The State Department updated its Travel Alert yesterday requesting that non-essential USG travel to Japan be deferred in light of the natural and humanitarian disaster that affected the country:
The Department of State requests all non-essential official U.S. government personnel defer travel to Japan and also urges U.S. citizens to avoid tourism and non-essential travel to Japan at this time. Flights have resumed at all airports that were closed by the earthquake, with the exception of Sendai Airport in Miyagi Prefecture, which remains flooded. In Tokyo, most public transportation including trains and subways are operating. Many roads have been damaged in the Tokyo area and in northern Japan. In Iwate Prefecture toll road highways are restricted to emergency vehicles only.
I am reposting below the contact info for American citizen services:
For calls from within the U.S. 1-888-407-4747
For calls from outside the U.S. 1-202-501-4444
American Citizen Inquiries: JapanEmergencyUSC@state.gov
Warden Message: http://tokyo.usembassy.gov/e/acs/tacs-arch.html
The US Ambassador to Japan, John Roos, also gave an update on US assistance
over the weekend on March 14, Japan time:
It goes without saying that we feel great sorrow, and our hearts go out to the people of Japan and to all of those who have been affected by the events of the last few days. Japan is our close ally and partner. President Obama spoke with Prime Minister Kan soon after the earthquake. On behalf of the American people, he conveyed our deepest condolences, especially to the victims and their families, and offered our Japanese friends whatever assistance is needed. I have been in constant contact with our government in Washington and the government here in Japan, including during this evolving situation with the Fukushima nuclear power plant. The United States is absolutely committed to helping Japan in any way possible to respond to and recover from the tragedy of the past few days and as Japan continues to deal with its effects.
Our consular officers in the Embassy and consulates have been responding around the clock to inquiries. This is something that they are trained to do very well, and all American citizens should feel free to utilize their services. They are also reaching out to the American citizen community, trying to push out information about what to do and what the Japanese authorities are also making available.
Because of the longstanding and close working relationship between the U.S. military and its Japanese counterparts on a daily basis, the United States military has humanitarian assistance capabilities positioned in the affected regions that are ready to support emergency relief efforts and minimize human suffering.
U.S. military assets include a wide range of equipment, air, sea, and ground capability and expertise. Initial actions which have been undertaken by the U.S. military include the following:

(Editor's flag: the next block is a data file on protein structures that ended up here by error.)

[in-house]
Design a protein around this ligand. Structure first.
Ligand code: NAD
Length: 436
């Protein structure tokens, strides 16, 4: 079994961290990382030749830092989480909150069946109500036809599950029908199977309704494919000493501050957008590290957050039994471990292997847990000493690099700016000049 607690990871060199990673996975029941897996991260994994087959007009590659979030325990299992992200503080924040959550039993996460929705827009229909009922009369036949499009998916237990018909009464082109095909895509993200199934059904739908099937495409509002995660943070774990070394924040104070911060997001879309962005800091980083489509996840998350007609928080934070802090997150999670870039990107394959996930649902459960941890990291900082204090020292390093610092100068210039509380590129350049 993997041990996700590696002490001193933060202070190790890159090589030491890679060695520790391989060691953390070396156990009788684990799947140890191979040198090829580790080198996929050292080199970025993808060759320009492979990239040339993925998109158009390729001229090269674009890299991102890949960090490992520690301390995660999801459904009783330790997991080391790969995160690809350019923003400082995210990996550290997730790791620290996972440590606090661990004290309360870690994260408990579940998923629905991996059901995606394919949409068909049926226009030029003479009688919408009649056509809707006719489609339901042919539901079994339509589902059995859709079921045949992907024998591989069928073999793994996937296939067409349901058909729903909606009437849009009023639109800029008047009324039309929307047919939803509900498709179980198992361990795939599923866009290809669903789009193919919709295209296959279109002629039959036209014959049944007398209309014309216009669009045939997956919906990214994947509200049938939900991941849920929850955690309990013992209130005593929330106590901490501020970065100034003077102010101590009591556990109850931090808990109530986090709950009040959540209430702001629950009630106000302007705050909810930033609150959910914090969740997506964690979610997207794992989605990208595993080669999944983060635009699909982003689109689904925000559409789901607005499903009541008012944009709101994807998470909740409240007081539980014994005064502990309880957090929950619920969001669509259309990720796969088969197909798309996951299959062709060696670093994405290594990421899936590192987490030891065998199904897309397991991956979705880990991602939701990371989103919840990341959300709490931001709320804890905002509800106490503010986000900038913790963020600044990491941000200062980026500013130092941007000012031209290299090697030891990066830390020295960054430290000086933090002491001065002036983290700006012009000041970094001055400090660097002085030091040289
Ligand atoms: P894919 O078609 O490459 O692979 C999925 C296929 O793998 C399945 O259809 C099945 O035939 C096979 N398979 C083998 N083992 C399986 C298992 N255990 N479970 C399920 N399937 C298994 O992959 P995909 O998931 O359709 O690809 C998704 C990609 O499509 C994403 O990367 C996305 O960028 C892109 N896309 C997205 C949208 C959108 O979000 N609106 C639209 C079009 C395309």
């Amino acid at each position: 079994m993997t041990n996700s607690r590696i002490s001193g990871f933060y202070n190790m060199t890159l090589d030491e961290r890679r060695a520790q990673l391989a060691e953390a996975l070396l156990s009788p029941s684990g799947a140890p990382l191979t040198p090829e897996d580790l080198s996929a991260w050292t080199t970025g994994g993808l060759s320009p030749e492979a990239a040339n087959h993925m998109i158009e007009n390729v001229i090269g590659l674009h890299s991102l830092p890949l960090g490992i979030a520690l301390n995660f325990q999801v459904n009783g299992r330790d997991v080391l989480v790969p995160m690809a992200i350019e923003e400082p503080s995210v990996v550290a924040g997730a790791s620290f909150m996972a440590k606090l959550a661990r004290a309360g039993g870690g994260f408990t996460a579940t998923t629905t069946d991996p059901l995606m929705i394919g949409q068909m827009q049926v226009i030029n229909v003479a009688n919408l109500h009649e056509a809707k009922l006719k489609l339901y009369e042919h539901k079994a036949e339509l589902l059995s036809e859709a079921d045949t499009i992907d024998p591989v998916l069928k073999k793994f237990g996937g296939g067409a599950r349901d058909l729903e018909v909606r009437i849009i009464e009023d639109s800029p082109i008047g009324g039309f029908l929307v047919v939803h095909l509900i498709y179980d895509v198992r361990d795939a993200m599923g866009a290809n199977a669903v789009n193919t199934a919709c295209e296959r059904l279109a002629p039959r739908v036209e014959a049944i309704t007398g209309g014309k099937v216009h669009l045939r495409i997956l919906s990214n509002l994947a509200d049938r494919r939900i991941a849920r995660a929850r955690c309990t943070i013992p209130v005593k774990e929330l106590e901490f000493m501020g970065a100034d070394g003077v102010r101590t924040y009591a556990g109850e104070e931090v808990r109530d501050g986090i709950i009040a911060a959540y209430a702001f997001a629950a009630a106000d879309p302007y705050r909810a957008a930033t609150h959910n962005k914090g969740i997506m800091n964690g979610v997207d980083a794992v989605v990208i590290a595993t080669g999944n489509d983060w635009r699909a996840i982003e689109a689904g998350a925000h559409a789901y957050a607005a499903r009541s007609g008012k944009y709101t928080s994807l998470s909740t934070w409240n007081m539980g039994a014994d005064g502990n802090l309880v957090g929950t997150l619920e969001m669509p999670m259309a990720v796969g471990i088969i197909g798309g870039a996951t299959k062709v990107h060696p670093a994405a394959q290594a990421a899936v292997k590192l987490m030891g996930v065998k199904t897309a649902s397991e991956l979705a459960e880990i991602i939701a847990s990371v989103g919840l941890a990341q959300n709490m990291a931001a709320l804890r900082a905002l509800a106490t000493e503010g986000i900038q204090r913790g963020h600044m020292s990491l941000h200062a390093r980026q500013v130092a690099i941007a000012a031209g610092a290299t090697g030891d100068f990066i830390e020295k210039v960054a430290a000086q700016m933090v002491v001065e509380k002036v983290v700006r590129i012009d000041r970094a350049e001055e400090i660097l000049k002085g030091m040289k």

- Yokota Air Base was instrumental in recovering airline traffic in the hours immediately following the earthquake.
- We immediately moved U.S. Air Force and Marine helicopter and transport aircraft from Okinawa to our U.S. military bases on Honshu.
- The USS Ronald Reagan was heading east and was immediately turned around to support our efforts here in Japan. They arrive tonight.
- We are moving Marine command and control units ready to work with Japan’s Self-Defense Forces to coordinate our efforts on the ground.
- We have units from all of our services, with a multitude of capabilities, from medical to communications to civil engineering poised and ready to support where needed.
Ambassador Roos who is on Twitter says that there are approximately 1,300 American citizens in the prefectures that were most affected by the earthquake and tsunami. He also estimates that there are approximately 160,000 American citizens in Japan. He tweeted that “We are working to send consular officers to these affected prefectures tonight to assist Americans in those areas.” And that “There is no double standard – what we advise our Embassy personnel will be provided to all Americans.”
You can read more about the “no double standard” policy here (pdf).
Follow Ambassador Roos on Twitter here.
CNN reported that U.S. Forces Japan, based at Yokota Air Base near Tokyo, is the lead military command for coordinating humanitarian assistance. And that shortly after the quake struck, the air base was designated as an alternate airfield for flights that could not land at Tokyo’s Narita Airport. The military assistance operation is now officially known as Operation Tomodachi (friendship). Ambassador Roos also tweeted that over 6,000 personnel from the U.S. military are participating in some capacity in these disaster-relief operations.
Below are some photos from the U.S. Pacific Fleet: